• Students Select. (Best choice, if you read the caveat. Great manipulation tool. Students with aggressive personalities can easily be put in situations requiring diplomacy.)
  • For best effect, keep in mind the following two points when arranging the eight groups.
    • Have potential allies near each other.
    • Keep Almanar and Bahkan as far apart as possible.
  • Easiest possible arrangement is as follows. (Of course a mirror arrangement would work as well.)
  • Distribute Student Resources
    • Country Confidential Information Booklet for each student. Tell students to keep the Country Folders secure.
    • Water soluble overhead projector markers (red, green, black for each group)
    • 3 clipboards (2 for the Ambassadors, 1 for the Secretary of State)
    • Country Questions for each student
    • Agreement Chart for Secretary of State
    • Blank Confidential State Papers (several for each group)
    • Alliances Chart for Secretary of State
    • Plenty of hand wipes!
  • Use the following resources to explain game concepts. Although this site was designed to show students the material from the website via an LCD projector, you may create transparancies from the materials if necessary.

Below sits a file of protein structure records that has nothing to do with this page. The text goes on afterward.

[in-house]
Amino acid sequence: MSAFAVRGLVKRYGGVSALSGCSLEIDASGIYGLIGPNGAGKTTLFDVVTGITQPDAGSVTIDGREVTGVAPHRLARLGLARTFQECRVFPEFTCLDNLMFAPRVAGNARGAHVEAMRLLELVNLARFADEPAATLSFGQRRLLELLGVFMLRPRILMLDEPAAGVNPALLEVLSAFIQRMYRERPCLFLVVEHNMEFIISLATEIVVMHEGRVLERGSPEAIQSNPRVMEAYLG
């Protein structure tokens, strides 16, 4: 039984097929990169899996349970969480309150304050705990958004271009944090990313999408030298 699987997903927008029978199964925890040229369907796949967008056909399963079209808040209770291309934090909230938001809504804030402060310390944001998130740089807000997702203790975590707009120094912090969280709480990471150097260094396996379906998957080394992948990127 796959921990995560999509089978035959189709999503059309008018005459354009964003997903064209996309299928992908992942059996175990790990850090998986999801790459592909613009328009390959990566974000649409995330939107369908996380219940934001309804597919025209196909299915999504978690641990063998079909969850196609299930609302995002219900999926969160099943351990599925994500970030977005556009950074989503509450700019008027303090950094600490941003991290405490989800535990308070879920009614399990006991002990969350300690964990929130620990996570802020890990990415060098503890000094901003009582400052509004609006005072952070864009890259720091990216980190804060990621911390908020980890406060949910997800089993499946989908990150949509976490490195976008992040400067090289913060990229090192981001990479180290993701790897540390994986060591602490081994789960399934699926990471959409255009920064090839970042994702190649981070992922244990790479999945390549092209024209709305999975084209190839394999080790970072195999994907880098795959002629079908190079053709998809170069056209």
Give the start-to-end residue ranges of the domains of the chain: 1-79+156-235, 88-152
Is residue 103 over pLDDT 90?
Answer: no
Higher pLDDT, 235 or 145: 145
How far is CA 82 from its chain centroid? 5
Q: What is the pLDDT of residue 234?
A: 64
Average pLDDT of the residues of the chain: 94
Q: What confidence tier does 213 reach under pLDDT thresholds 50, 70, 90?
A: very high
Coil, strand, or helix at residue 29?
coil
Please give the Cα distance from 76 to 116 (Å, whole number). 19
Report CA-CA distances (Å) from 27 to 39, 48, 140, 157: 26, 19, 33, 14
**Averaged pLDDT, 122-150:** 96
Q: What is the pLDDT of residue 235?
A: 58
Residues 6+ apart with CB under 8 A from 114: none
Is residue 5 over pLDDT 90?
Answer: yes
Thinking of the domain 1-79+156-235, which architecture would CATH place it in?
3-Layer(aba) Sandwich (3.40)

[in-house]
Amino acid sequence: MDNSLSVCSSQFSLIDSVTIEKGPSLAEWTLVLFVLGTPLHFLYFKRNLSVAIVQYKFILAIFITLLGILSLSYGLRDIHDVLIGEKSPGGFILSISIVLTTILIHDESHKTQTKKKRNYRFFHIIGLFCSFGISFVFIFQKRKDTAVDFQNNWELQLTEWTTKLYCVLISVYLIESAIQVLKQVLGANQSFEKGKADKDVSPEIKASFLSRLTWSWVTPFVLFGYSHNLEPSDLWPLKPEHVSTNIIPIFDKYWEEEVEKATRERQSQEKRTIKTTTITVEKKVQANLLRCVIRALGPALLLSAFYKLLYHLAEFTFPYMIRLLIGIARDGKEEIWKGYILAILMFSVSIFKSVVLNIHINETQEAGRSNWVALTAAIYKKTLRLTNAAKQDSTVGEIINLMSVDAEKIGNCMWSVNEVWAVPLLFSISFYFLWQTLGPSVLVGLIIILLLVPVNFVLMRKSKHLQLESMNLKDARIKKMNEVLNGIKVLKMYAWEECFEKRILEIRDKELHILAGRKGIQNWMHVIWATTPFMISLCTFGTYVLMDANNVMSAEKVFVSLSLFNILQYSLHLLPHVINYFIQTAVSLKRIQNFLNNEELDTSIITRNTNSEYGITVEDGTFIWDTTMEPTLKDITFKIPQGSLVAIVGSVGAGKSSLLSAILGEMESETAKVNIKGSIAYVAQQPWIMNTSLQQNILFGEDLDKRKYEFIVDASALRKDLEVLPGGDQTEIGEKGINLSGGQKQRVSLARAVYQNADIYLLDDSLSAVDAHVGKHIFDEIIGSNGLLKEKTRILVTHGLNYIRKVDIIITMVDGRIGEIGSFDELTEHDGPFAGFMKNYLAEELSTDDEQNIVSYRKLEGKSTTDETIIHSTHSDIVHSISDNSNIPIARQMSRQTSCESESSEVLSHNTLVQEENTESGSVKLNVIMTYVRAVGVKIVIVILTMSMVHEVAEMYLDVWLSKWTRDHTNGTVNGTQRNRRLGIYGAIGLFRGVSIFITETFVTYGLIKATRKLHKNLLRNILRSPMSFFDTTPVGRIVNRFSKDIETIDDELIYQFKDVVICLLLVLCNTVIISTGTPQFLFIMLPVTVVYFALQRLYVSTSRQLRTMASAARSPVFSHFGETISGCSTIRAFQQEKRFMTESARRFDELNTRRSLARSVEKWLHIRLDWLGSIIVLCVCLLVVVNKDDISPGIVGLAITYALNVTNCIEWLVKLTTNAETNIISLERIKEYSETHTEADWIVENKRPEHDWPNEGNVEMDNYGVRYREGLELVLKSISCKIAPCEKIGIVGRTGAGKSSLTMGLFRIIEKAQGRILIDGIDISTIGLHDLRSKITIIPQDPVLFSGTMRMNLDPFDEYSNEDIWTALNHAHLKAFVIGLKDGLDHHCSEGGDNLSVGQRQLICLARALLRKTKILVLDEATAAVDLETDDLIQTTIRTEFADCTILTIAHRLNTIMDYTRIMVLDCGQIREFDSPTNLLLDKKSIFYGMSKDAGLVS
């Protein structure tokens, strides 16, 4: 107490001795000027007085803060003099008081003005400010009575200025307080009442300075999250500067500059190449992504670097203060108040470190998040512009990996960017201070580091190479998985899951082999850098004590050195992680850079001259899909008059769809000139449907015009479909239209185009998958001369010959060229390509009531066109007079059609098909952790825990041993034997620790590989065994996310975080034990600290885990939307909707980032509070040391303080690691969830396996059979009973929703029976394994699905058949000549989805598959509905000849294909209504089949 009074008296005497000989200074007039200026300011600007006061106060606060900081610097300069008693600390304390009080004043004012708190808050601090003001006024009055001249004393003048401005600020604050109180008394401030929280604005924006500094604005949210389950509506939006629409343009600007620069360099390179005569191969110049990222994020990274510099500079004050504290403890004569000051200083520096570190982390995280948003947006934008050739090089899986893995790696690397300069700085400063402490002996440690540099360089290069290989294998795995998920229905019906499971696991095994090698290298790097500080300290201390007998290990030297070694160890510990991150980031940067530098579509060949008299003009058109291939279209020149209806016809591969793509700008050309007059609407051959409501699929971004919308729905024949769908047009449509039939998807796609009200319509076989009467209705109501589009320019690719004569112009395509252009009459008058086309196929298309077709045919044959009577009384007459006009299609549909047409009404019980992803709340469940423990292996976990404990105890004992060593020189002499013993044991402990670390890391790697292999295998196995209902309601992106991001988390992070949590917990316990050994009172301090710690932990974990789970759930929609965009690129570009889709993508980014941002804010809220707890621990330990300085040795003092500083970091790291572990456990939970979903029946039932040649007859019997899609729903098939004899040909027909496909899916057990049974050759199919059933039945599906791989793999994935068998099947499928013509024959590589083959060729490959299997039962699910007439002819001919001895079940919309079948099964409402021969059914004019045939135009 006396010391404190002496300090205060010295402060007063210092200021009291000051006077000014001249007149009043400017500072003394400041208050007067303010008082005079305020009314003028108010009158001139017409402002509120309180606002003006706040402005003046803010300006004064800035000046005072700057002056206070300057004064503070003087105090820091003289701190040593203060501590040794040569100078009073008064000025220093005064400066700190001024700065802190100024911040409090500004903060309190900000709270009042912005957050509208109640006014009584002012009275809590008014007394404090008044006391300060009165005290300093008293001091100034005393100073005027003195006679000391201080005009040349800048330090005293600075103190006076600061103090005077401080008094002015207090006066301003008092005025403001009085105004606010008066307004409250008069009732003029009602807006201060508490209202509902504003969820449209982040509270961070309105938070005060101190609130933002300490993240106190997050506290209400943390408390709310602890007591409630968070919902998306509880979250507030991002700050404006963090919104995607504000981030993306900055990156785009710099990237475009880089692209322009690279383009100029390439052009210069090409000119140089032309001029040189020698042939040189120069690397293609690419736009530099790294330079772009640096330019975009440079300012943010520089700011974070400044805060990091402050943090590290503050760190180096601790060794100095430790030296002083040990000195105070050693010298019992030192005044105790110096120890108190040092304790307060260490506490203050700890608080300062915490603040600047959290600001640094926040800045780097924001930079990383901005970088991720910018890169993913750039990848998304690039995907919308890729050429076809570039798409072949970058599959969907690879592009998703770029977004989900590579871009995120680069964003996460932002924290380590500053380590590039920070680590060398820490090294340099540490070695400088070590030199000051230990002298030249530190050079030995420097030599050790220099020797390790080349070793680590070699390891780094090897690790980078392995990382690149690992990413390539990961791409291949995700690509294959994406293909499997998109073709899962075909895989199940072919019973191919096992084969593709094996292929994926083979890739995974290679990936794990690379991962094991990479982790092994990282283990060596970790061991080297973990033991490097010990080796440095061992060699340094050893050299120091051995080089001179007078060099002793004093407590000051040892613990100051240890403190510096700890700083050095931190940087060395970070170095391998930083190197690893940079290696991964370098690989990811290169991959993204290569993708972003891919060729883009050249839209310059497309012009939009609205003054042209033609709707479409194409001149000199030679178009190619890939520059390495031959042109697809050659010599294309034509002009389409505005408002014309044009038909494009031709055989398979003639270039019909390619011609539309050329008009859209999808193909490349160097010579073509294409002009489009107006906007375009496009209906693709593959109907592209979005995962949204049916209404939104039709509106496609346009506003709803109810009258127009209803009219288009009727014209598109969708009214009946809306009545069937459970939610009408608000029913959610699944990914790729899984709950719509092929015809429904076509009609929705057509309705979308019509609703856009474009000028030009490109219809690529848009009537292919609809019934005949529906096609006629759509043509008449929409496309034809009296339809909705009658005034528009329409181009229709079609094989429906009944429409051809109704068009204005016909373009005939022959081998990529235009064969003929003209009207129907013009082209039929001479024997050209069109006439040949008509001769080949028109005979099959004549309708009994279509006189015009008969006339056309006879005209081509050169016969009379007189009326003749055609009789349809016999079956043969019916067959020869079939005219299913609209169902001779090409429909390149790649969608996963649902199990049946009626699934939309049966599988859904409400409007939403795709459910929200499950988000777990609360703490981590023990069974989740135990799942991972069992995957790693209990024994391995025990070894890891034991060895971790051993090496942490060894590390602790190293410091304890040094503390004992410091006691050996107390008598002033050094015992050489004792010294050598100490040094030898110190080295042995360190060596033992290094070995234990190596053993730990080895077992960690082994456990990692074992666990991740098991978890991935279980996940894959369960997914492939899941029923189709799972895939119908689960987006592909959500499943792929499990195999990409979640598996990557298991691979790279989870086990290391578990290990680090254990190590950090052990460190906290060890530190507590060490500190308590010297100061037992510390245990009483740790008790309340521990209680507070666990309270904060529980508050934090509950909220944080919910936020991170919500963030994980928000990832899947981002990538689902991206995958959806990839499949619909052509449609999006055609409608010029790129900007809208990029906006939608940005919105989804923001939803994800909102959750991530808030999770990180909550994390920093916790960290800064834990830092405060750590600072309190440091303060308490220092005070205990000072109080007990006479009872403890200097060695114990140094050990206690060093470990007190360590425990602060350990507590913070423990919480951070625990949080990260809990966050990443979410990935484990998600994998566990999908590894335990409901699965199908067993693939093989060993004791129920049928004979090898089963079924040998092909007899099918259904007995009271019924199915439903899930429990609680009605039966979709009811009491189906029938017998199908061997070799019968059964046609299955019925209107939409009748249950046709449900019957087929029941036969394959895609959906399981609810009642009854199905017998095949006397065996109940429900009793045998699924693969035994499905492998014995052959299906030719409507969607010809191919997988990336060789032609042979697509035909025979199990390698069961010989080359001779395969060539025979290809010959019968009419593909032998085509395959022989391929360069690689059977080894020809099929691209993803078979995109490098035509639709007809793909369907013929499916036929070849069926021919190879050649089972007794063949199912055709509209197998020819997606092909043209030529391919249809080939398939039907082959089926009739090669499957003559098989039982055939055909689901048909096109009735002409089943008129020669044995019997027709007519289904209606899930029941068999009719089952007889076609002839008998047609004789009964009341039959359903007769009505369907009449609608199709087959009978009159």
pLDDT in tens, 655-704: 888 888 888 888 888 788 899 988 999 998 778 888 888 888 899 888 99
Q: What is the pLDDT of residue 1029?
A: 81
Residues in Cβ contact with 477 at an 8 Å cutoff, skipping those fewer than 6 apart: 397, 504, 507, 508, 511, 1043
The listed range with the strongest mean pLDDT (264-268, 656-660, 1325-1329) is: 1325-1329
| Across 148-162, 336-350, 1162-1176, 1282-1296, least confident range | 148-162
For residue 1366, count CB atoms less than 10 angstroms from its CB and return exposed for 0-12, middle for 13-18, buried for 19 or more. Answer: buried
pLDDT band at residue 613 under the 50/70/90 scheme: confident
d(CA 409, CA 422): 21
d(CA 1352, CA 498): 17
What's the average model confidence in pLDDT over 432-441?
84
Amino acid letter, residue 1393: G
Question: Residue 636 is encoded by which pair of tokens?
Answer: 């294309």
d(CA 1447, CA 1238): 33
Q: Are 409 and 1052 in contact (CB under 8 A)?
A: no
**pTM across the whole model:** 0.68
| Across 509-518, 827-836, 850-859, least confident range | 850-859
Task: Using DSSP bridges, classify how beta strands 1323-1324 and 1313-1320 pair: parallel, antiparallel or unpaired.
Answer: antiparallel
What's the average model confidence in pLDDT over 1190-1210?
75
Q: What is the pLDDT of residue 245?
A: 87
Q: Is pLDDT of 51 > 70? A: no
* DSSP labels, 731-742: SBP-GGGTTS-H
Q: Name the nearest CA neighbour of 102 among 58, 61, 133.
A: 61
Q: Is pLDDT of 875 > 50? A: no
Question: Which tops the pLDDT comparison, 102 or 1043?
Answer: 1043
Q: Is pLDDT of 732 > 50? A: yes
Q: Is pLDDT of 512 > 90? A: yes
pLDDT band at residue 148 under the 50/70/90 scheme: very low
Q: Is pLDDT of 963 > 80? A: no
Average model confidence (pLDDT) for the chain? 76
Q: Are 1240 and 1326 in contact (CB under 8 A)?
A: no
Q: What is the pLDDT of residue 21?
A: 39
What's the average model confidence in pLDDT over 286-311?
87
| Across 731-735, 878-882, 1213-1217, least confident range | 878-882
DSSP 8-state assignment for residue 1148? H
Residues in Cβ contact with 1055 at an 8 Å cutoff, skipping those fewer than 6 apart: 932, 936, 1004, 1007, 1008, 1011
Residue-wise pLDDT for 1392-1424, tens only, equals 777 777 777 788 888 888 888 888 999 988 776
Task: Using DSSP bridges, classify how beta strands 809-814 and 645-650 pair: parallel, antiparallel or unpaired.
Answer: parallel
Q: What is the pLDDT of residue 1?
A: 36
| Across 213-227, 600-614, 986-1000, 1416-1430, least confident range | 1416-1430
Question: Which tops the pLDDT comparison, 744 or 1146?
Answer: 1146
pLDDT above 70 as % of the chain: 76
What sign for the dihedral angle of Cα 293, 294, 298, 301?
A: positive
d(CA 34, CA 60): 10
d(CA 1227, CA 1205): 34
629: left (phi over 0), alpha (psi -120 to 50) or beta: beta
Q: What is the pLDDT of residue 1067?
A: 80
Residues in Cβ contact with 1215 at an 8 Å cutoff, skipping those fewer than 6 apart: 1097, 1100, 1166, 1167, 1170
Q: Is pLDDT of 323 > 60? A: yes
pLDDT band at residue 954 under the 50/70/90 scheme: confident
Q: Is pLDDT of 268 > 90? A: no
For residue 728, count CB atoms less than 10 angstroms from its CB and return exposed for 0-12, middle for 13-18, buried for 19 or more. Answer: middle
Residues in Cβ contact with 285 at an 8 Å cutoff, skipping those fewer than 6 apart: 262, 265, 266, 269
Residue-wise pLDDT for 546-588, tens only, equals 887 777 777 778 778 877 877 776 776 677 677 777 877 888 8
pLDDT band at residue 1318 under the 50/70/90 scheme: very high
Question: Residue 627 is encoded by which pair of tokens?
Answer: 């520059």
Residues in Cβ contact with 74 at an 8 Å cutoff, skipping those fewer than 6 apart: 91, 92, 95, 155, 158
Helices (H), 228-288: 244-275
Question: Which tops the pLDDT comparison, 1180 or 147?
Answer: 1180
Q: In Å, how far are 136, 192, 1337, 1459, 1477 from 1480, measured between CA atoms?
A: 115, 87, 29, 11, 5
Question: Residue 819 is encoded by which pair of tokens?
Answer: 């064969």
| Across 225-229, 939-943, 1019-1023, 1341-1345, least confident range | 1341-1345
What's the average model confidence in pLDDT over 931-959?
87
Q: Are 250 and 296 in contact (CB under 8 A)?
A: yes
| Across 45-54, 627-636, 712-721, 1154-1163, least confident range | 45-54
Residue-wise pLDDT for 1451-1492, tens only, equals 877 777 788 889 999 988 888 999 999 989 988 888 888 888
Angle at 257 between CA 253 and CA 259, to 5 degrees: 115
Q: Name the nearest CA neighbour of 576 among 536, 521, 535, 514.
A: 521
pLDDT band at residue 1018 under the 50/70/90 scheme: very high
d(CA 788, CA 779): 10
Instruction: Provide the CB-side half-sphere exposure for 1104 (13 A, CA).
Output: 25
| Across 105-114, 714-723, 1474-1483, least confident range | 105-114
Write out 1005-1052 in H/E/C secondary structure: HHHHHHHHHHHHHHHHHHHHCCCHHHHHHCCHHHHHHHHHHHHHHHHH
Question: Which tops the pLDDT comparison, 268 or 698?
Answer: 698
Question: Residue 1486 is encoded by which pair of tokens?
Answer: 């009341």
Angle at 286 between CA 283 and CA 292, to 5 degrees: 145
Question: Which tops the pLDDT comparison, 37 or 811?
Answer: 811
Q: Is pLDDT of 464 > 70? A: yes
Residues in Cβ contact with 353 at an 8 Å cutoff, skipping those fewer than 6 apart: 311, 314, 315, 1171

• Explain the World Situation Summary.
  • Distribute Country Questions.
  • Explain roles. Each group needs TWO ambassadors and a Secretary of State. All agreements need FOUR signatures. (See Confidential State Paper.)
  • Only Ambassadors may move around room.
    • HINT: Tell students to have the ambassadors work independently, but still communicate with each other as well as their country.
    • HINT: Have students that remain at desks to watch the interactions in the room. Who is talking to whom?
    • HINT: Tell ambassadors to have a pretext to talk to other groups, even if false. This allows espionage - the ability to hear and/or prevent other conversations.
  • Ambassadors present signed Confidential State Papers to the teacher to make official. They have the choice of making public at the time if both parties agree.
  • Students will be anxious to start. Be sure they have done the background reading and have completed the Country Questions assignment beforehand.
  • After sufficient time has elapsed have students return to groups. Follow Endgame Procedures. SLOW DOWN!!! Students will be emotional. Calm them down so you can have a rational group discussion.
  • If war is declared, sorry you are on your own. Resolve it however you wish to reinforce concepts.

Assessment & Extension

  • Assess with Closure Questions and class discussion.
    Best done immediately after conclusion of simulation on same day.
  • On the following class meeting use the Curricular Extension for concept reinforcement.

Note on Resources

All printed materials are available on this web site. It is best to place the Country Confidential Information booklets in sheet protectors so you can use them more than once. Please use color wherever possible!